Tag Archives | Search Engines

Google Shows Its Spirit

Someone at Google–maybe Sergey Brin, maybe Larry Page, maybe just whoever’s in charge of choosing “Google Doodles” is a cartoon fan*. We know because the company sometimes pays tribute to cartoons and cartoonists. And it’s currently demonstrating its laudable good taste by using a Google logo featuring Will Eisner’s Spirit, the most notable work of one of the greatest comic artists ever. The art celebrates the 94th anniversary of the birth of Eisner, who passed away in 2005, and is inspired by his famous splash pages.

With the US Postal Service having long ago debased itself by releasing too many cartoon-related stamps featuring too many subjects that aren’t all-time greats, Google doodledom may be the highest honor currently being paid to comic art’s greats. Well done, Google.

*Actually, come to think of it, this 2008 Wired article by Steve Levy says that Google search boss Udi Manber likes cartoons–New Yorker cartoons, to be precise. Maybe he’s responsible for the Spirit tribute. Then again, we haven’t (yet) seen Google doodles commemorating the work of Peter Arno, George Price , or Barney Tobey


Bing Search Results Get Liked, Google Should Get Jealous

As Google and Facebook quibble over user data, the relationship between Facebook and Microsoft is only getting cozier.

Since December, Bing has been using Facebook “Likes” to deliver separate results from its main search algorithm. Starting today, Bing is expanding Likes to its algorithmic search results, so every link has the potential to get a nod of approval from your friends.

At a time when search is under fire for being spammy — especially for consumer needs such as product reviews and travel information — the infusion of personal recommendations seems like an antidote. Bing is getting a big boost here by tapping into Facebook’s massive word-of-mouth database — something that Google may never get.

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Cooking With Google

Google is adding a cool new feature to its eponymous search engine today: Recipe View, which lets you pull up results that show only recipes–then filter them by ingredients, preparation time, and calories using options in Google’s left-hand toolbar.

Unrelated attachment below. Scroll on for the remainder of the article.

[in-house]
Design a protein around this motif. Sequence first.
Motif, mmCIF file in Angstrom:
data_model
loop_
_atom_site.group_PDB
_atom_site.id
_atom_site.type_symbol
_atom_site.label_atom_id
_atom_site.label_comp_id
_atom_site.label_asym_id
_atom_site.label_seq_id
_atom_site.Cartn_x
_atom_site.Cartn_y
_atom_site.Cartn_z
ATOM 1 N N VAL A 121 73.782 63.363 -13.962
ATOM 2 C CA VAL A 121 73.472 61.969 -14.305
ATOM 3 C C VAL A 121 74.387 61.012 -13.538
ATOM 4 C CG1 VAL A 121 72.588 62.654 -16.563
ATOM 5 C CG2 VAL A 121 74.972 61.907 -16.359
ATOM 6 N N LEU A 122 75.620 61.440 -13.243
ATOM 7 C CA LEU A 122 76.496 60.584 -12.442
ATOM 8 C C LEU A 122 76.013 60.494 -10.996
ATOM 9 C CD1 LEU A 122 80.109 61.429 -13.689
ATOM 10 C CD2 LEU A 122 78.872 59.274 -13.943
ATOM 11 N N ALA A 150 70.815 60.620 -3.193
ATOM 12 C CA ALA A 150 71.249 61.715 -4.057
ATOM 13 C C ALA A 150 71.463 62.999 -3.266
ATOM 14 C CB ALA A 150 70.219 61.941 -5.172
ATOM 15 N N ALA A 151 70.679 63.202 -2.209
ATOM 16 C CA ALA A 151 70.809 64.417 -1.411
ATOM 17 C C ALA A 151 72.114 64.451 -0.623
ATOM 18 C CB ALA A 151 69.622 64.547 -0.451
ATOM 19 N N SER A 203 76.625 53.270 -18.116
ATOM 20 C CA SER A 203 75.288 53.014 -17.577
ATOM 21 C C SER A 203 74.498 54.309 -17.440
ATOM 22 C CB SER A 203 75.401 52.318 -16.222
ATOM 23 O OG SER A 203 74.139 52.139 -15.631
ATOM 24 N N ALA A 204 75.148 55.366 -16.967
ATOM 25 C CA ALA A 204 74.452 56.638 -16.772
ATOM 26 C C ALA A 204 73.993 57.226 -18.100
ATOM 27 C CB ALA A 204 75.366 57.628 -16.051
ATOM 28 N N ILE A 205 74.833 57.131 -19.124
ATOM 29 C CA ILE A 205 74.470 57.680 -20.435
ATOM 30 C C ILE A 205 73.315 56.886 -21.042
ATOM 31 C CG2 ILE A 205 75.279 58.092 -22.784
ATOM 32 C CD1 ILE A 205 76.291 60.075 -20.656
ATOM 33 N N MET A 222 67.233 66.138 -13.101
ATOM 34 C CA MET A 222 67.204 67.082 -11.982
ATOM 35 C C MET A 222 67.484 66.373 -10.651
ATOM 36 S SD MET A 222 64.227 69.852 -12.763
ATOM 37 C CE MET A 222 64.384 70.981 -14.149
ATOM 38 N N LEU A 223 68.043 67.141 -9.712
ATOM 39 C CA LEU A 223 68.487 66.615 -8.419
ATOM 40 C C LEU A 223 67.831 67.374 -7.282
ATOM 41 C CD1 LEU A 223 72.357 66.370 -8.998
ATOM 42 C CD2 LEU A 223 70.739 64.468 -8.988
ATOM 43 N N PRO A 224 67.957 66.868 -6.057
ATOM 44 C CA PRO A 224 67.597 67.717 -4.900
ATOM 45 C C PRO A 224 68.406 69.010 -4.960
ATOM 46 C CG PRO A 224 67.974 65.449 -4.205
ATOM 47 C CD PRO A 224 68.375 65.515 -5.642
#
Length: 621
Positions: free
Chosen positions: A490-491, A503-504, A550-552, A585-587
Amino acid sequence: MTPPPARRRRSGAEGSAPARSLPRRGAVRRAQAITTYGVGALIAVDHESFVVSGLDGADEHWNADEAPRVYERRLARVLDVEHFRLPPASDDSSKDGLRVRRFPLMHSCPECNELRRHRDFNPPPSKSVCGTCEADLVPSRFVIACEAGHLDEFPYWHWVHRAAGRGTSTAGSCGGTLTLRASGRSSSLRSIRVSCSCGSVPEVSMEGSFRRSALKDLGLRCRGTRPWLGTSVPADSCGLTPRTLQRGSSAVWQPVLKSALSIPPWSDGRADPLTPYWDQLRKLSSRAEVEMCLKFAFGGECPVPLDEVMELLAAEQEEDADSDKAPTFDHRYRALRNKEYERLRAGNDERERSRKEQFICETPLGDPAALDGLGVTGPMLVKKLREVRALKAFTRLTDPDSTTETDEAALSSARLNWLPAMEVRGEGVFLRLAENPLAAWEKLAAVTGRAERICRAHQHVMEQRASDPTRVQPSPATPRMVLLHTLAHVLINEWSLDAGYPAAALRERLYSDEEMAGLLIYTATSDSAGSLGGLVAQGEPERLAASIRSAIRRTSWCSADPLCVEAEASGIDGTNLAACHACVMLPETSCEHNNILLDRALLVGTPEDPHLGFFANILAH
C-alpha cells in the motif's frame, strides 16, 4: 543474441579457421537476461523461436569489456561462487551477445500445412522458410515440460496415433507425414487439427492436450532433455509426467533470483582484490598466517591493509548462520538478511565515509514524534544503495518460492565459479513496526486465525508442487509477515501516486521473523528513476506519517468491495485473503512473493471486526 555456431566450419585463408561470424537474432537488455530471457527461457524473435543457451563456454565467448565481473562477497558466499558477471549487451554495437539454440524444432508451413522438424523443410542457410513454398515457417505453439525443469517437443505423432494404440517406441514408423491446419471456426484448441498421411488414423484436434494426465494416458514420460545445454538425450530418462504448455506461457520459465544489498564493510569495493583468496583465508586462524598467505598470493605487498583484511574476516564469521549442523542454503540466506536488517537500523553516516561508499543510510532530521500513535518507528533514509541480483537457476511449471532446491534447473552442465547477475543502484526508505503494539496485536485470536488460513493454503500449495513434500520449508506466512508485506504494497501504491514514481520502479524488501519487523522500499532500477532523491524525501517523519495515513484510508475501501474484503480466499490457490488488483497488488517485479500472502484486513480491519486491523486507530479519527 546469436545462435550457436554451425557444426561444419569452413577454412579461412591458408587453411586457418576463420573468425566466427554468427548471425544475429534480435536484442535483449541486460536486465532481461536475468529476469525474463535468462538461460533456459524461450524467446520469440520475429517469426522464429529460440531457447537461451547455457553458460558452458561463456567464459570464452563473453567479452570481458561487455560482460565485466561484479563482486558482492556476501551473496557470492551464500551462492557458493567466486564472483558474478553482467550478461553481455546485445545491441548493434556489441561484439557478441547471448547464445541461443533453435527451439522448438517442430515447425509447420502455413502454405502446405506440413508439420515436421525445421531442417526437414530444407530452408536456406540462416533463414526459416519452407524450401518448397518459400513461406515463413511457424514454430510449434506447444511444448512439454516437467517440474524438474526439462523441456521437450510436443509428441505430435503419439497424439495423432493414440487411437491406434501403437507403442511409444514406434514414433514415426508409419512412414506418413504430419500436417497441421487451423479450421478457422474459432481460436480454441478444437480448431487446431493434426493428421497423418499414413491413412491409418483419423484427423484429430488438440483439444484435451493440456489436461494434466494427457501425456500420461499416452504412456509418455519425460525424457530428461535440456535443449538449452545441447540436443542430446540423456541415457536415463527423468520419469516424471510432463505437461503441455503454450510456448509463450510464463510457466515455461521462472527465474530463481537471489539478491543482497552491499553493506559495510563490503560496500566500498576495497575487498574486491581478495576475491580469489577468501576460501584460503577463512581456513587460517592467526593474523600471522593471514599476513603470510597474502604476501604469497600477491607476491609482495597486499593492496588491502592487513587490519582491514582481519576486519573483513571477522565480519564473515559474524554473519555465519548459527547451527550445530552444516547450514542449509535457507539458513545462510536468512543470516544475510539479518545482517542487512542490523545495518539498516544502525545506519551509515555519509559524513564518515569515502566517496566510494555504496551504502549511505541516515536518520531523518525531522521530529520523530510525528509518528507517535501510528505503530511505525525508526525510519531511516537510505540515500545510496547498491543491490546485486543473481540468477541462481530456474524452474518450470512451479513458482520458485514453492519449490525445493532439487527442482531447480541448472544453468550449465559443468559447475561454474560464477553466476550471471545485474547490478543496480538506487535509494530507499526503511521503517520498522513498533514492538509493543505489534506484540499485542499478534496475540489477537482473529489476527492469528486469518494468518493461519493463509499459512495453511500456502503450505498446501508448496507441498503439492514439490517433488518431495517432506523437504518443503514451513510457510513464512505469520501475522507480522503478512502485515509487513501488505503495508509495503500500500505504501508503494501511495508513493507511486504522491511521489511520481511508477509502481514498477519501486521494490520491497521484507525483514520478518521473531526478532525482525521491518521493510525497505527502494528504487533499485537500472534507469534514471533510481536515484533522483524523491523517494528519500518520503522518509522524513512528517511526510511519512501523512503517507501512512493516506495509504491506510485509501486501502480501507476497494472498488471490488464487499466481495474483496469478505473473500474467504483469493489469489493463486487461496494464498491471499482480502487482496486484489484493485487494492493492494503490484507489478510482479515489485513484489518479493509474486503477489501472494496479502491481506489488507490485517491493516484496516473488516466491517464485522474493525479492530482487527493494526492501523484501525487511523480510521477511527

Not every recipe on the Web will be part of the fun–site proprietors need to mark up their recipe pages with special code so that Google understands the recipe’s details. (According to Wired.com, several major cooking sites already do so.) I’m getting hungry just thinking about it.


Bing Gets Tiles, Sorta

ZDNet’s Mary Jo Foley has a funny way of referring to Microsoft’s new interface fascination: “Tiles gone wild.”

The latest example is Bing, which is rolling out rectangular widgets from partnering websites to appear in certain queries. Searching for a movie, for instance, brings up user ratings from IMDB and reviews from Rotten Tomatoes in little boxes next to their respective search results.

And yes, Microsoft is referring to these widgets as “Tiles,” the same terminology the company uses to describe part of Windows Phone 7’s interface.

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Google Farms Out Blocking of Content Farms to Users

So far, Google has been reluctant to directly block or demote content farms such as AOL’s Yahoo’s Associated Content and Demand Media’s eHow, which push out cheaply-produced articles intended mainly to appease Google’s search algorithms. But now it’s giving the banhammer to users with a Chrome extension.